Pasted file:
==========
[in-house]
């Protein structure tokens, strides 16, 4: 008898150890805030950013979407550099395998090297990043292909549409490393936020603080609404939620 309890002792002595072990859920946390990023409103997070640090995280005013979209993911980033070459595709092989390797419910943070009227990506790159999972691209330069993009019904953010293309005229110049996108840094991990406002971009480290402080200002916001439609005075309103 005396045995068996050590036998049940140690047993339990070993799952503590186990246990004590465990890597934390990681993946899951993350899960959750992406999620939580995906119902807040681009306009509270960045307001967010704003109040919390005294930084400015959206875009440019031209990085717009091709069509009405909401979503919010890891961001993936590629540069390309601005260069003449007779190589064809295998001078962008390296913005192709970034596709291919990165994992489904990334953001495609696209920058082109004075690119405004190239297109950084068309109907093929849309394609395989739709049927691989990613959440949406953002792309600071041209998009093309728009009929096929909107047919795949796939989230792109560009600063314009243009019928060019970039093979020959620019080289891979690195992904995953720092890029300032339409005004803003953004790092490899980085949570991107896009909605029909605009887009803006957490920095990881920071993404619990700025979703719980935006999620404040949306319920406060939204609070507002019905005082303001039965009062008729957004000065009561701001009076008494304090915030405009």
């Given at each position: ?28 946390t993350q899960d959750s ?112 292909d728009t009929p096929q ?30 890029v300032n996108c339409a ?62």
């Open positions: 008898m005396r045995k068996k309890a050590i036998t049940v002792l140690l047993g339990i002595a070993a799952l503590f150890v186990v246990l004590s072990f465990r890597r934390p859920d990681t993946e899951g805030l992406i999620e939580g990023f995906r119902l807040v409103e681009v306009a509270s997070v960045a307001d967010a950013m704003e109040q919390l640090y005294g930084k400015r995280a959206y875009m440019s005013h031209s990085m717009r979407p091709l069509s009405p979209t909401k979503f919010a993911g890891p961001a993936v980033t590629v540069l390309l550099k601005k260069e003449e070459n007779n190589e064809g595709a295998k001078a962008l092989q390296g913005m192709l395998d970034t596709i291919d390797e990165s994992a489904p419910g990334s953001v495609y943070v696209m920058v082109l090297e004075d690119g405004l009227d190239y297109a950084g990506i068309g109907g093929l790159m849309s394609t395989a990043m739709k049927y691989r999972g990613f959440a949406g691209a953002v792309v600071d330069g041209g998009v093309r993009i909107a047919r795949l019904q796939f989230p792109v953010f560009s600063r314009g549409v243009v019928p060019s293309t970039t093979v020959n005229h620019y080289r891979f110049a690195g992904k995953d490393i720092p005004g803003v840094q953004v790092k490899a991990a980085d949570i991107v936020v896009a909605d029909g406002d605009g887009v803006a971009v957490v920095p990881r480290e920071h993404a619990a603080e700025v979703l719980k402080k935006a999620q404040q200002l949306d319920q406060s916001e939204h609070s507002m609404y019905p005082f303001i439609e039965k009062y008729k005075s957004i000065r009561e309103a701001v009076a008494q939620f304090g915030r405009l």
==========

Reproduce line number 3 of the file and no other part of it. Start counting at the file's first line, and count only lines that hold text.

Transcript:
């Given at each position: ?28 946390t993350q899960d959750s ?112 292909d728009t009929p096929q ?30 890029v300032n996108c339409a ?62």